Walking through the streets of Prague I have noticed that there are always street performers out and about. Whether I’m walking along the Charles Bridge, passing through Winceslas Square, or grabbing something to eat in Old Town Square, it’s impossible to go a day without seeing people bringing out their best talents and performing.
Earlier on a walking tour about communist Prague, we learned that Prague was not always a city open to artistic expression. After WWII the country was in the hands of the Communist Party and nationalization took place. From 1948 until the Velvet Revolution of 1989, a communist totalitarian regime suppressed basic human rights. The John Lennon wall has historical significance and made a large cultural impact on advancing the efforts during the Velvet Revolution. Since the early 1980s, Czechs would gather around the wall and write on the wall about their communist grievances. In addition, musicians would perform at the wall as an act of rebellion against the communist regime of Gustav Husak. The movement of these young Czechs is referred to as “Lennonism.” Today the wall represents the symbol of love and peace as well as freedom of expression.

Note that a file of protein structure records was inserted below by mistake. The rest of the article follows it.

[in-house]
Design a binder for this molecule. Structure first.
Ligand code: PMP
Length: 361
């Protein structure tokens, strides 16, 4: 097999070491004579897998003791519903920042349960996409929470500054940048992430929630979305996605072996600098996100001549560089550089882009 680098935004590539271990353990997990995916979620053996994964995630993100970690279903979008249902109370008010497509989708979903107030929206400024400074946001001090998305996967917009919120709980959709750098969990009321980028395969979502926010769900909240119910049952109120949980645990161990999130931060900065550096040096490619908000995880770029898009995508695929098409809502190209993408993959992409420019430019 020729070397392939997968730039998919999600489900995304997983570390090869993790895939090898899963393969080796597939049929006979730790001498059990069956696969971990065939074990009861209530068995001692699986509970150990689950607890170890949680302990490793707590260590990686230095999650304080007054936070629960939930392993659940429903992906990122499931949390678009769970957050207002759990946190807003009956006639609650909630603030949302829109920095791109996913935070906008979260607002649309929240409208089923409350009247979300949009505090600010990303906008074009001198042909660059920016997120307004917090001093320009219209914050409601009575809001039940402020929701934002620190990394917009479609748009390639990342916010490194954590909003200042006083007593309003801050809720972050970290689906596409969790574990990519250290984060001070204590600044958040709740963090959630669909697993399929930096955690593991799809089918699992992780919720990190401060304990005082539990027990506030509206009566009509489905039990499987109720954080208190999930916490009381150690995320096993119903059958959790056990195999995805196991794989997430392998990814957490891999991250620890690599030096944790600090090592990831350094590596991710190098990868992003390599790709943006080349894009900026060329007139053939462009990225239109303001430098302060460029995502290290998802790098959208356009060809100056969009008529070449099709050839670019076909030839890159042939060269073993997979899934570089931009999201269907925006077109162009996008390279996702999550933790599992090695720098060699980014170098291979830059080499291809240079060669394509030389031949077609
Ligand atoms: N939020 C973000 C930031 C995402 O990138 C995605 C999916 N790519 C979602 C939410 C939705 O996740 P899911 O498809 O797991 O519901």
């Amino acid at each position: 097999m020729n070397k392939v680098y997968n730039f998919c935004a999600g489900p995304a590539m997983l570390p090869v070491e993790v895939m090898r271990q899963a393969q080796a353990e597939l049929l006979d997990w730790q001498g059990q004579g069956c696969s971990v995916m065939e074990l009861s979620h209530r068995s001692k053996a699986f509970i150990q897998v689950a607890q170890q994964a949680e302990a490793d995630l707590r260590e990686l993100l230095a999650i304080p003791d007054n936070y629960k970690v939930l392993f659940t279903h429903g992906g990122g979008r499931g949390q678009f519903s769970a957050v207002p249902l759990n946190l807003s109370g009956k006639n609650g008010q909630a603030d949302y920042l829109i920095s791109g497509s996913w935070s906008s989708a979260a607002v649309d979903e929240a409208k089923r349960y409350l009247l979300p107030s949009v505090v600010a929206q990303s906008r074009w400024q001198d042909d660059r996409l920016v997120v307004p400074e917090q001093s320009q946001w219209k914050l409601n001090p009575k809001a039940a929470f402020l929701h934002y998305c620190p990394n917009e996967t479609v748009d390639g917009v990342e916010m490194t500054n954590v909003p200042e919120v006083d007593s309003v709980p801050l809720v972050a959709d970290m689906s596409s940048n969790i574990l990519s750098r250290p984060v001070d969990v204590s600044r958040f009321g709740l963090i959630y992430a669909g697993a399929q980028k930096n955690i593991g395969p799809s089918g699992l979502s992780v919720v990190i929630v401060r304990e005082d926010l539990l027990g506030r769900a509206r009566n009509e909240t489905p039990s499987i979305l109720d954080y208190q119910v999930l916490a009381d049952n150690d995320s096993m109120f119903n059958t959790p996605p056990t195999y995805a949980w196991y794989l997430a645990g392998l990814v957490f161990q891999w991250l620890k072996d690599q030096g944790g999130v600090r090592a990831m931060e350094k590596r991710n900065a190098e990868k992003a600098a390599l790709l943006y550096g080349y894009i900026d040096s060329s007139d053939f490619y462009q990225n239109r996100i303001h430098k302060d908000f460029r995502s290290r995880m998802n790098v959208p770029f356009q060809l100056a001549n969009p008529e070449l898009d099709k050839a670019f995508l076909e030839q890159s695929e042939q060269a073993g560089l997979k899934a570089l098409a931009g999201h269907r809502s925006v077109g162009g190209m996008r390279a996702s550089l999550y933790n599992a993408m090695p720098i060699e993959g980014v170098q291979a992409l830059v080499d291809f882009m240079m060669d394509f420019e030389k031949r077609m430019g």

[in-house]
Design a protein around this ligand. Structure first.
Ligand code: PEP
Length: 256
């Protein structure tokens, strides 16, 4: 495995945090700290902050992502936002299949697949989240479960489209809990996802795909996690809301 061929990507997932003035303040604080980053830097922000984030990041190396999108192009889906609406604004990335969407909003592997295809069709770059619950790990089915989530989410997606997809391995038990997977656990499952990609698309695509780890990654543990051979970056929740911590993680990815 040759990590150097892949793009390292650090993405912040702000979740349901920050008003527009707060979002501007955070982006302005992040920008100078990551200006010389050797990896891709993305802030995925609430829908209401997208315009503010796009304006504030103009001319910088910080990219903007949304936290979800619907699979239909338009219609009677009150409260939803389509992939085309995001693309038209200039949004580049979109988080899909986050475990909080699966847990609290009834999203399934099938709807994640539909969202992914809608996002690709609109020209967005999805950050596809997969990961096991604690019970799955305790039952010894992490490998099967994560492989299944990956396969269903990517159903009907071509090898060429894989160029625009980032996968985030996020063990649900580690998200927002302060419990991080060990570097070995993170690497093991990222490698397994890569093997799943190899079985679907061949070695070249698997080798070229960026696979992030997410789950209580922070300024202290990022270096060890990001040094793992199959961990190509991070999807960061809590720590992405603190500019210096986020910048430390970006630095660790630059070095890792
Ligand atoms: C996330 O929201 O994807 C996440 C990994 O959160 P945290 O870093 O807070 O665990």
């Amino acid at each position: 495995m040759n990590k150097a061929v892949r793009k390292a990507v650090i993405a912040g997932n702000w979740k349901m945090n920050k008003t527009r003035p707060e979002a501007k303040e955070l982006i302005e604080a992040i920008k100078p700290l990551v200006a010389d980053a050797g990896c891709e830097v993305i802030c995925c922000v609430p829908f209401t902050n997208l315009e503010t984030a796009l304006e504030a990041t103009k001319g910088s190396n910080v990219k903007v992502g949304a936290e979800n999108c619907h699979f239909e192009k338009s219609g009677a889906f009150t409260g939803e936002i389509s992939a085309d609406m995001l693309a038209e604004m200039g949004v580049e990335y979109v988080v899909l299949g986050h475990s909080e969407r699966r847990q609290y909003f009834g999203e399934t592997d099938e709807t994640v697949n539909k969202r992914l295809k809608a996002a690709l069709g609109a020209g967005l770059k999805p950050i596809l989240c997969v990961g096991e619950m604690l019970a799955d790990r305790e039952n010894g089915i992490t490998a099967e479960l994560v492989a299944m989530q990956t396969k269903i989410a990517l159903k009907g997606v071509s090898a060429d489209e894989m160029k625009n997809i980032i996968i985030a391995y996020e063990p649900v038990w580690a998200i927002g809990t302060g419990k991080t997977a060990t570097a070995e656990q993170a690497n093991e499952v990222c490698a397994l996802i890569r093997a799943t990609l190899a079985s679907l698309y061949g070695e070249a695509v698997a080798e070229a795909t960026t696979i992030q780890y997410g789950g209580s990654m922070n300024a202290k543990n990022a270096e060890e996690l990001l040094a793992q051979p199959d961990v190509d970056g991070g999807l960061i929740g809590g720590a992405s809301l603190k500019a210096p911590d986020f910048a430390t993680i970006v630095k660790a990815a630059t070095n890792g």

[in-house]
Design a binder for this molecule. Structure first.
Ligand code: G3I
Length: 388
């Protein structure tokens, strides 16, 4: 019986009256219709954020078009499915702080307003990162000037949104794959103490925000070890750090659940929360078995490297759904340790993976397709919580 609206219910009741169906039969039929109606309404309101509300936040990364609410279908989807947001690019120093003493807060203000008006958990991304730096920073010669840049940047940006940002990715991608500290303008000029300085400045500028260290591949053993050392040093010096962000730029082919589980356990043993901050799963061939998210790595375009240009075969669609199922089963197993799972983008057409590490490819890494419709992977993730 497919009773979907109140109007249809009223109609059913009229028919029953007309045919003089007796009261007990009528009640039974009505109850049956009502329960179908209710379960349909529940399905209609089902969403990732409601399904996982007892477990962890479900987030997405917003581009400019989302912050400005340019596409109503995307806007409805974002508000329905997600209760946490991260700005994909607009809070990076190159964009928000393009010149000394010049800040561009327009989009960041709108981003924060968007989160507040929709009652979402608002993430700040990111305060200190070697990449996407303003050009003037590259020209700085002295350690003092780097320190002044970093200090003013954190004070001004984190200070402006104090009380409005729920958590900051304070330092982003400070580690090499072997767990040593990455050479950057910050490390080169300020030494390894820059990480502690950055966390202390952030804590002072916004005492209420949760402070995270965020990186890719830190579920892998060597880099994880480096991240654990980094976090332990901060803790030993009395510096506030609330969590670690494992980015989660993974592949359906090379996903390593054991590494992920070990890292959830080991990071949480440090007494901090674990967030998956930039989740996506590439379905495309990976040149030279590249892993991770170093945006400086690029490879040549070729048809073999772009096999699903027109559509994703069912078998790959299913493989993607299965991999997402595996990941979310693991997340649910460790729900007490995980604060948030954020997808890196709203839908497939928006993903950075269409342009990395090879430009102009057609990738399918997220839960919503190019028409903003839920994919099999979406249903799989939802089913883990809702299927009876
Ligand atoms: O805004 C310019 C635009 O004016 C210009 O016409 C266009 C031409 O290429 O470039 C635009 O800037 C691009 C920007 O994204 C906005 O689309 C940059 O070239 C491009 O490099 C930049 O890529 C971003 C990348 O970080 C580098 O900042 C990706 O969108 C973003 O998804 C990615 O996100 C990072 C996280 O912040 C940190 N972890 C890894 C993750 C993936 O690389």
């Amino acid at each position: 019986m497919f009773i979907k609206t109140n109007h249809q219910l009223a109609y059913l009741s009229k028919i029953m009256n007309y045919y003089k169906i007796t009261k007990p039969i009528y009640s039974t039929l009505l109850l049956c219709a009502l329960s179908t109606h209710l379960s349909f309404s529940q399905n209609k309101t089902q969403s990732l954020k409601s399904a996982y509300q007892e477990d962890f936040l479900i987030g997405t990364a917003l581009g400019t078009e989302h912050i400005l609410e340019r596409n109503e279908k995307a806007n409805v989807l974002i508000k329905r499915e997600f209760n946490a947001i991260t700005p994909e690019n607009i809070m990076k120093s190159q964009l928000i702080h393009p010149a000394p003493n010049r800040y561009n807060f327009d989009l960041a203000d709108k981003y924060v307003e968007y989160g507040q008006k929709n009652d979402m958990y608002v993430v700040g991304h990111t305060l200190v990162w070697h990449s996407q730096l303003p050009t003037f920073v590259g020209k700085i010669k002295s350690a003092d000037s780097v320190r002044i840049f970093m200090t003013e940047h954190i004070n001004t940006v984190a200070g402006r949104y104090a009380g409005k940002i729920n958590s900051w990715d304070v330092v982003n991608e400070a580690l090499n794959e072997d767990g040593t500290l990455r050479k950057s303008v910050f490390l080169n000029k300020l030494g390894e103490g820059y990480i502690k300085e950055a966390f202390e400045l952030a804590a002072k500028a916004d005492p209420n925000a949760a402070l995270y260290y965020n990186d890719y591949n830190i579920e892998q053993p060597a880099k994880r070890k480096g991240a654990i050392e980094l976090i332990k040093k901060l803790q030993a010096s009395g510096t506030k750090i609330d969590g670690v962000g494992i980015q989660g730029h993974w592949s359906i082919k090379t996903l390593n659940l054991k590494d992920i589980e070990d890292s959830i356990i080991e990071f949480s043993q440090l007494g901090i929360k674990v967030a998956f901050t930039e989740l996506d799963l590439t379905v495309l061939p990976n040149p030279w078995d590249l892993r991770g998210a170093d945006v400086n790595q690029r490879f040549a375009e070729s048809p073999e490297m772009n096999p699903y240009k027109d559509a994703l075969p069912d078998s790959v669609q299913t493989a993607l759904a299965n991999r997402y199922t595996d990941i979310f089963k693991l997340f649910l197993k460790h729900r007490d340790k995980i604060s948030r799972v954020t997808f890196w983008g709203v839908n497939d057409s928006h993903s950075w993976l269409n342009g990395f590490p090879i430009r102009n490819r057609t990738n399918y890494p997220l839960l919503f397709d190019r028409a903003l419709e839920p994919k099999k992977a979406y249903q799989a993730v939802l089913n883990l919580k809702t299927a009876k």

I think it’s safe to say that Prague would not look the same without the excitement of street performers at every corner. The Czech Republic is now a parliamentary republic.